Here's the hilarious part:

"Meanwhile, none of the Democrats who on Thursday hailed the closing of the detention camp were stepping forward to offer prisons in their districts or states to receive the prisoners."

* That exception? If Obama is willing to place the Islamist terrorists in a safe house next door to Congressman Jim Moran's home in Alexandria, I'd be okay with it. Why? See "Yes Virginia, your Congressman is an idiot.

Alas, there are no prisons in Alexandria. There are only liberal do-gooders who are willing to relocate terrorists TO MY BACKYARD (where most of Virginia's prisons are).

Uh, no, Jim. Not today. Not ever. You want 'em? Take 'em. And good luck.

Where's Code Pink?

Obama continues the war in Afghanistan on Pakistan with a vengeance and nary a peep comes from all those anti-war leftists out there.

Were they all anti-war after all? Or just anti-Bush?

"Well, but Obama has loftier goals. He's willing to sit down with our enemies."

Gimme a break.

Maybe He Should Listen To Them

President Obama has effectively told the Republican members of Congress to butt out (see related post). He has a plan and he's sticking to it.

"I won," he bluntly told them. So take the complaints elsewhere.

Perhaps, though, this winning rookie who was voting on dog licenses a few short years ago should listen to his betters. They're trying to give him valuable advice. His plan sucks.

Jennifer Rubin:
The problem is not just the Democrats’ high-handed process that shuts out Republicans. The issue is that the bill itself is objectively awful. If you think tax cuts and defense spending are better ways to “jump start” the economy, there is precious little to like. But even if you accept the Democrats’ premise that we should have a bunch of “shovel ready” projects and immediate infusions of spending into the economy, the bill doesn’t do that either. The Congressional Budget Office tells us: “For example, of $30 billion in highway spending, less than $4 billion would occur over the next two years. Of $18.5 billion proposed for renewable energy, less than $3 billion would be spent by 2011. And of $14 billion for school construction, less than $7 billion would be spent in the first two years.”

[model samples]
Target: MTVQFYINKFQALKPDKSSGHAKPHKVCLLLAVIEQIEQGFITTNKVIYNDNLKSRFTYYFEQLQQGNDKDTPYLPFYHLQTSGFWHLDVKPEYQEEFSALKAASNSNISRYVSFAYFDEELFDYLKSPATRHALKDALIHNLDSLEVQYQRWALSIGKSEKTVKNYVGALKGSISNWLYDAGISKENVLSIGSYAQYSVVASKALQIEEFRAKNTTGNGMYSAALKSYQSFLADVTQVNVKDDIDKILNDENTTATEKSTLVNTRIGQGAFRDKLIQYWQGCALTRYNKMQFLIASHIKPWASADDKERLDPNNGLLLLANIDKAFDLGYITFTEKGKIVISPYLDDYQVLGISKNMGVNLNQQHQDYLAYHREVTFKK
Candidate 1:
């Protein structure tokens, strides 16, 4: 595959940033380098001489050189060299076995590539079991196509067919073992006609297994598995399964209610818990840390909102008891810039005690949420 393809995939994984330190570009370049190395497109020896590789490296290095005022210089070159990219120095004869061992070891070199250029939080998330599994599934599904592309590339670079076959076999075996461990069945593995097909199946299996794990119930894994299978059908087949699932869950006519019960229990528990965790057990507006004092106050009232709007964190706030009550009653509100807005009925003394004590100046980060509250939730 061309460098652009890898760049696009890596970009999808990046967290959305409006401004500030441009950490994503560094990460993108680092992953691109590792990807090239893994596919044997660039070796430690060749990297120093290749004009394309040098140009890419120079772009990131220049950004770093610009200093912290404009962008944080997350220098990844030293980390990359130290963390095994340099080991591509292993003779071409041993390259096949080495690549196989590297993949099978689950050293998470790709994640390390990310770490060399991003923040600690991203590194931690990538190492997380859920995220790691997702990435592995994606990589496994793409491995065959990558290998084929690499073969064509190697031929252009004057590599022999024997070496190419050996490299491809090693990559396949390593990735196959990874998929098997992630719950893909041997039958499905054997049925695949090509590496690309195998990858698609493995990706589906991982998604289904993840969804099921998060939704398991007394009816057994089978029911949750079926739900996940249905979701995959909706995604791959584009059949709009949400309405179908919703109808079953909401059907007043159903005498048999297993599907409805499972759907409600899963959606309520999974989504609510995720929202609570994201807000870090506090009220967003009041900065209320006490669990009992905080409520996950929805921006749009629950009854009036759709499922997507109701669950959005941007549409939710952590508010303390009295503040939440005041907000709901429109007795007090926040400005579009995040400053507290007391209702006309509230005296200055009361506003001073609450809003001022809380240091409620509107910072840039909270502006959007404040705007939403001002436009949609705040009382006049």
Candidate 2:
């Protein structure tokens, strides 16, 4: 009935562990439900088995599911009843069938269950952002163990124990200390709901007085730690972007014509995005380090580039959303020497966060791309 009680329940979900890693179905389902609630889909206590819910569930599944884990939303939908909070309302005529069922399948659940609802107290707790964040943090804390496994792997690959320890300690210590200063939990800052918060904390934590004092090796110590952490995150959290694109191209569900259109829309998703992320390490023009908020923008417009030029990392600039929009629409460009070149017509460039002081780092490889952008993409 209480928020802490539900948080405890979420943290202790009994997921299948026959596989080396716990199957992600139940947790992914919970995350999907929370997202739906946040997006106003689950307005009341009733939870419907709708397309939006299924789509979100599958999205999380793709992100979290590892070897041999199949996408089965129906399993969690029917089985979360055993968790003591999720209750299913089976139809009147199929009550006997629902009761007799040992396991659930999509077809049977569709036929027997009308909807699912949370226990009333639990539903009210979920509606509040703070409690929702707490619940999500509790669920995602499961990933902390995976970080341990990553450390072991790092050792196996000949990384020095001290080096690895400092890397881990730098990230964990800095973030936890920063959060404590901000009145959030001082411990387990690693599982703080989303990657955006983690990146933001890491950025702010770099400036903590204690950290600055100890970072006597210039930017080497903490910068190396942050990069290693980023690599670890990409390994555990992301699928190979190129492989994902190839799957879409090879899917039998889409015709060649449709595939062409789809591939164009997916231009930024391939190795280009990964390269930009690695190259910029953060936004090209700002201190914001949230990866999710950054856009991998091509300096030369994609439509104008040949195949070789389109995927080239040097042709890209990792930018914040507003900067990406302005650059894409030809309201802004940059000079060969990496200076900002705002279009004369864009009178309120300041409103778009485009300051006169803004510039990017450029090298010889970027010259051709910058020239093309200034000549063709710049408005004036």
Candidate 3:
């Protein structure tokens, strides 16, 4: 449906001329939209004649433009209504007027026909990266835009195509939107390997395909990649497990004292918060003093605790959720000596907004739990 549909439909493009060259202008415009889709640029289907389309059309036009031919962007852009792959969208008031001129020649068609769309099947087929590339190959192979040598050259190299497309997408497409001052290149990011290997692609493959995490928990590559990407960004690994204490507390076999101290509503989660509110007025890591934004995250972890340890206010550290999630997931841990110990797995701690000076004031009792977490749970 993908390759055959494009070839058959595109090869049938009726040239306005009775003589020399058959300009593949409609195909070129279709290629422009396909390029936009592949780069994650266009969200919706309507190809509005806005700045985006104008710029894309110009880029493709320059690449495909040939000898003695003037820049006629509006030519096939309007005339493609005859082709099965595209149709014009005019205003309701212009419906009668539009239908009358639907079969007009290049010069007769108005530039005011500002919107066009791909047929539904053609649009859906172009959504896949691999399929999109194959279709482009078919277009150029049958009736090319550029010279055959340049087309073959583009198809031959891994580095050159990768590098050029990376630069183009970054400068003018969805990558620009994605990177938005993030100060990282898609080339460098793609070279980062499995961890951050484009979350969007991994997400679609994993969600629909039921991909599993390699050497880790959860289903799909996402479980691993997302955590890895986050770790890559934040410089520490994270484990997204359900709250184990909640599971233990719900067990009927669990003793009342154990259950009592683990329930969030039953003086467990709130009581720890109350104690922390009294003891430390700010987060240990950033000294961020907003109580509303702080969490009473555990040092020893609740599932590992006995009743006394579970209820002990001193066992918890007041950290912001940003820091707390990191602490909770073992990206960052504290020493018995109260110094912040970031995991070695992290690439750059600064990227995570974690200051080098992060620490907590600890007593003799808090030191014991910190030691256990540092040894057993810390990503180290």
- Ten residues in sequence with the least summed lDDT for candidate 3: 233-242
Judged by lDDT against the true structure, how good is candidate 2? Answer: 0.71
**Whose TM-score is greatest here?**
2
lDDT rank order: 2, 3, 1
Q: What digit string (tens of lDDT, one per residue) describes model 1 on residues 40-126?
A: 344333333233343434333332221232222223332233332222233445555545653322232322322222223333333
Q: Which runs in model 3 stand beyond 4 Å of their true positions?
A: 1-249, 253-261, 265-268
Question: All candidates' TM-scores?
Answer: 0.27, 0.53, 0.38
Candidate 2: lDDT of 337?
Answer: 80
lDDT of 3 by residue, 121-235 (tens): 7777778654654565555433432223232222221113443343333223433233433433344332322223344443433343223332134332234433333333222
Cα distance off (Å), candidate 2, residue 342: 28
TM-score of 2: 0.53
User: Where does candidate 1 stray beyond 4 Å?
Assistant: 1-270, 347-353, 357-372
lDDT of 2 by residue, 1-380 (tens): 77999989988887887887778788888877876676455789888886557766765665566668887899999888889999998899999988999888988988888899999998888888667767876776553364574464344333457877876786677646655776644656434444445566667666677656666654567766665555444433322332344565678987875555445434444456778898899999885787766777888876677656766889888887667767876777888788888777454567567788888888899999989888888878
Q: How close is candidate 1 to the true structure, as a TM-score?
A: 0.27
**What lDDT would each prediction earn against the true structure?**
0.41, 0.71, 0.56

I suspect that all that sweet talk about bipartisanship is going to be thrown overboard and this will be rammed through on essentially a party-line vote. The President met today with House Republicans, reminding them “I won.” It doesn’t sound like he is actually in the mood to alter the bill’s substance, although he will go through the motions of meeting with them again next week. Meanwhile, the House bill is moving swiftly along.

Now the process may have annoyed Republicans, but the content has appalled them. They are now on firm ideological grounds to oppose it en masse.

A one trillion dollar waste of taxpayers' money.

May God help us.

As Expected

His first day in office he makes life grand for the terrorists at Gitmo. On his second day, he does what he can to bring about more abortions. You wanted him ...
Obama lifts restrictions on abortion funding
By Jeff Mason and Deborah Charles, Reuters

Washington, Jan 23 (Reuters) - President Barack Obama on Friday lifted restrictions on U.S. government funding for groups that provide abortion services or counseling abroad, reversing a policy of his Republican predecessor George W. Bush.

The Democratic president's decision was a victory for advocates of abortion rights on an issue that in recent years has become a tit-for-tat policy change each time the White House shifts from one party to the other. [link]
Coddling terrorists. Promoting abortion. Hope and change is looking a whole lot like same old and same old.

Why Did He Even Invite Them?

President Obama went through the kind of ritual yesterday that the media people enjoy, he invited members of both parties from Congress to sit down and discuss his plan for economic stimulus (which may very well accelerate our economic ruin).

Key words being HIS PLAN.

They were allowed to give him their views. He told them to shut up:
Prez Zings GOP In a Stimulating Talk
By Charles Hurt, The Washington Times

Washington -- President Obama warned Republicans on Capitol Hill today that they need to quit listening to radio king Rush Limbaugh if they want to get along with Democrats and the new administration.

"You can't just listen to Rush Limbaugh and get things done," he told top GOP leaders, whom he had invited to the White House to discuss his nearly $1 trillion stimulus package.

"There are big things that unify Republicans and Democrats," the official said. "We shouldn't let partisan politics derail what are very important things that need to get done."

That wasn't Obama's only jab at Republicans today.

In an exchange with Rep. Eric Cantor (R-Va.) about the proposal, the president shot back: "I won," according to aides briefed on the meeting.

"I will trump you on that."[link]

"I won. We're doing it my way. Thank you for your valuable input. There's the door."

Bipartisanship. Don't you love it?